The small art opening held in the back of the Bruckner Bar and Grill in the South Bronx last week was a just a little speck on a dizzying road map of artistic productions in this city.
Yet it had historical significance. Called “Obama!Reflections,” the show was probably the first formal gallery exhibition dedicated solely to art about President Barack Obama. On the surface it’s a clever and important idea: journalists have had a field day mining the social significance of the nation’s first black President; visual artists should have a chance to do it, too.
This art exhibit wasn’t supposed to be about Obama propaganda or tchochkes — that is, the sort of political iconography and memorabilia we saw during the campaign, much of it created by people who had no prior interest in politics or artists who never thought they’d have a reason to support the government until then. Sponsored by Art for Change, a Harlem-based collective with a political bent, it billed itself as visual interpretations of the significance of Obama’s presidency and of his campaign.
The title of the exhibition suggested that something other than devotion was going to be on display, though the exclamation point in the title should have given something away. It was worth a trek up the Bronx to see whether, with Obama now actually in office and having made actual decisions (not all of which have pleased liberals), the honeymoon is over and people’s critical faculties have returned.
The answer is, not really. (Guess eight years of Bush was too long.)
The tone of the works ranged from the comedic to the documentary to the downright worshipful. One artist had painted a portrait of Obama overlayed against what looked like a giant check marked ballot. Inside the check box was the word, “Hope.” The artist summed up his mood: “Obama inspired me to do things: 1) Vote for a major party nominee without holding my nose and 2) Make a piece of art that is not complaining about how messed up everything is. I’m still getting used to it.”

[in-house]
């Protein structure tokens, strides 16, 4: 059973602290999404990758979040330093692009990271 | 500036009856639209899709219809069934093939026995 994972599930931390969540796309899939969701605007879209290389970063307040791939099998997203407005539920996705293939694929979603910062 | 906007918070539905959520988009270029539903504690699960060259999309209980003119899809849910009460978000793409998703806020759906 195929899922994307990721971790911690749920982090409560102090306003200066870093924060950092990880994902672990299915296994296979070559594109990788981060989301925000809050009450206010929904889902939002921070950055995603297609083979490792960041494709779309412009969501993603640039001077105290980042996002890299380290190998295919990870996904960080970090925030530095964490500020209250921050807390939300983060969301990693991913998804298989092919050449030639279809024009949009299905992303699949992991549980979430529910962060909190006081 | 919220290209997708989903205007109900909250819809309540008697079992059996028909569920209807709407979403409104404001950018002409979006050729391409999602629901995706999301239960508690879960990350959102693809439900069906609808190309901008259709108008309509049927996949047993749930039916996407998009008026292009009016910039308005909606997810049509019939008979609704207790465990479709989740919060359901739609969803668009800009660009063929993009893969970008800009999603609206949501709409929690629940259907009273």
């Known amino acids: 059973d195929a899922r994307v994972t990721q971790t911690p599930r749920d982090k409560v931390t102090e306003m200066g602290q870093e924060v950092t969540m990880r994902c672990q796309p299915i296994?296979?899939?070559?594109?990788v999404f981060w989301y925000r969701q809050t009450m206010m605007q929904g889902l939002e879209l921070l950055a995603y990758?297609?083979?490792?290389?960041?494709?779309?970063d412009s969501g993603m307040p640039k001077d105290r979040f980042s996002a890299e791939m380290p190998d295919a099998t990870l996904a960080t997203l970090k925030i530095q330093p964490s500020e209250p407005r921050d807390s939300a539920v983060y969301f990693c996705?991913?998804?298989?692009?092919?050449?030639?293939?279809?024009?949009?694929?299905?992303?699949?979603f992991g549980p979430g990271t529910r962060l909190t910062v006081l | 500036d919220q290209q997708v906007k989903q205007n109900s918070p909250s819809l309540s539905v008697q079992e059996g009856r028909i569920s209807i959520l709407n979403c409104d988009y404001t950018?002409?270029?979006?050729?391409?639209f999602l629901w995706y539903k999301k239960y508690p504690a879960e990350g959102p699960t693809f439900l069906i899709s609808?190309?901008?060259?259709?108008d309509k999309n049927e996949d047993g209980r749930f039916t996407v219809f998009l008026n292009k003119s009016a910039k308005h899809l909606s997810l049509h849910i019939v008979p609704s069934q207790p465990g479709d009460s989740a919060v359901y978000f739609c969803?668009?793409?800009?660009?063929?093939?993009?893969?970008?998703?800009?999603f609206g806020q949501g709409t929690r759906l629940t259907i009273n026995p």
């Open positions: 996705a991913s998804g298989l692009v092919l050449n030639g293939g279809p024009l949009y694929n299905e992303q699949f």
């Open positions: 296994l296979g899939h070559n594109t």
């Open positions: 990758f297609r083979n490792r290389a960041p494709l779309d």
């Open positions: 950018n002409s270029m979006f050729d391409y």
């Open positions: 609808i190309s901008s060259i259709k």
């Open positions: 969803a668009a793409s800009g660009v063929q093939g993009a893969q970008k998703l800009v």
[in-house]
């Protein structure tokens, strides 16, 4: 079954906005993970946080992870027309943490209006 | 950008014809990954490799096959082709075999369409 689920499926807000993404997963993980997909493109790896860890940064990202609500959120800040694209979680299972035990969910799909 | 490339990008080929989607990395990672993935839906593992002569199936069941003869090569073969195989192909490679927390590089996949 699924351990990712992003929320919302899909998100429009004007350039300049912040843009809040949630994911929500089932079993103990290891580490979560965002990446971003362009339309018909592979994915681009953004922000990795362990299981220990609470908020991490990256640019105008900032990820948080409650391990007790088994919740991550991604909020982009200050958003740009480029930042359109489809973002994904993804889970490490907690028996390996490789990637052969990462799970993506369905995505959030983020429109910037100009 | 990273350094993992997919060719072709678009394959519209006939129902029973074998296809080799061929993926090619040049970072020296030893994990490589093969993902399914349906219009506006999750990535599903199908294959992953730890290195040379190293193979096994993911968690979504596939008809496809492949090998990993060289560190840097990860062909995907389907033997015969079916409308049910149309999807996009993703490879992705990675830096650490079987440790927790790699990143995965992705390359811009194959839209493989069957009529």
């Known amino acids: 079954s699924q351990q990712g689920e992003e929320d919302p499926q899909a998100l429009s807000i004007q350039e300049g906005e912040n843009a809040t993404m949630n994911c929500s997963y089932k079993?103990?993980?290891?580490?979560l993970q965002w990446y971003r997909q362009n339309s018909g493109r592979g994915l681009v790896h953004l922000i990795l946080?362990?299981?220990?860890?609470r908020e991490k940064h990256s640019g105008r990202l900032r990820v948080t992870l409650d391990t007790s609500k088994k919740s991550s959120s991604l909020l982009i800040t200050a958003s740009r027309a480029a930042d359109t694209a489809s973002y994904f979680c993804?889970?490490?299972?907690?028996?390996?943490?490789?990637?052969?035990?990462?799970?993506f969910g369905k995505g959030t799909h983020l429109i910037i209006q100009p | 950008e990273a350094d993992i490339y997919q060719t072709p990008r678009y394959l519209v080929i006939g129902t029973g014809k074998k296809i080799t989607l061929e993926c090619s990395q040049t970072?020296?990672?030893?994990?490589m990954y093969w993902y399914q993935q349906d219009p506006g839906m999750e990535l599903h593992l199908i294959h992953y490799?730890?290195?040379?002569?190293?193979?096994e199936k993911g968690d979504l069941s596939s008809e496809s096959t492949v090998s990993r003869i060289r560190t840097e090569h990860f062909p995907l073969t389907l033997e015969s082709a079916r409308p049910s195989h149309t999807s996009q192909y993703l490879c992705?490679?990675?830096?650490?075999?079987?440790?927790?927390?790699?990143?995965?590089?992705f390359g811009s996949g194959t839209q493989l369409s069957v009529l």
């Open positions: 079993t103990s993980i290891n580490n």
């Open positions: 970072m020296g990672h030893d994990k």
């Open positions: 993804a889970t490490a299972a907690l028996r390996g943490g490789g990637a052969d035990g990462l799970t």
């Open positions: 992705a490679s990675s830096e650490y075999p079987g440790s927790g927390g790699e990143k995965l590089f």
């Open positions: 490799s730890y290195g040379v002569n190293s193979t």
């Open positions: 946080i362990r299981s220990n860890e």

Meanwhile, a cartoonist designed a series of panels that depicted a street corner argument between a racist protester and some Obama supporters that occured on election day, while a Puerto Rican photojournalist documented goings-on in the neighborhood of East Harlem during the run-up to the election. And then there was Obama’s head stuck, the way tourists stick their heads on the cardboard cut-out bodies of historical figures at places like colonial Williamsburg, onto the bodies of the Mexican revolutionary figure Pancho Villa and of George Washington.
Finally, another artist had divided a canvas into four panels. On three panels she had painted opaque stained glass windows. On the fourth, there was a surreal version of President Obama with dark holes instead of eyes. “While painting this piece,” the artist wrote in explanatory blurb, “I envisioned Barack Obama leading us out of the darkness of oppression, discrimination, and other ills…”
Asked whether any of the artists attempted to take on some of the harder topics related to Obama — like his decision to seldom speak about race — members of the Art for Change collective said no. They did, however, make of point of telling people who expressed interest in submitting work to the exhibition that they were open to receiving artwork that was critical of the president.
“People asked us if they could submit anti-Obama art,” said Claudia Plaza, a member of the collective, “And we said sure.” But when the time came, Plaza said, no one ended up sending anything remotely critical. “It just so happened that it ended up being a celebration,” said another member, who seemed quite pleased.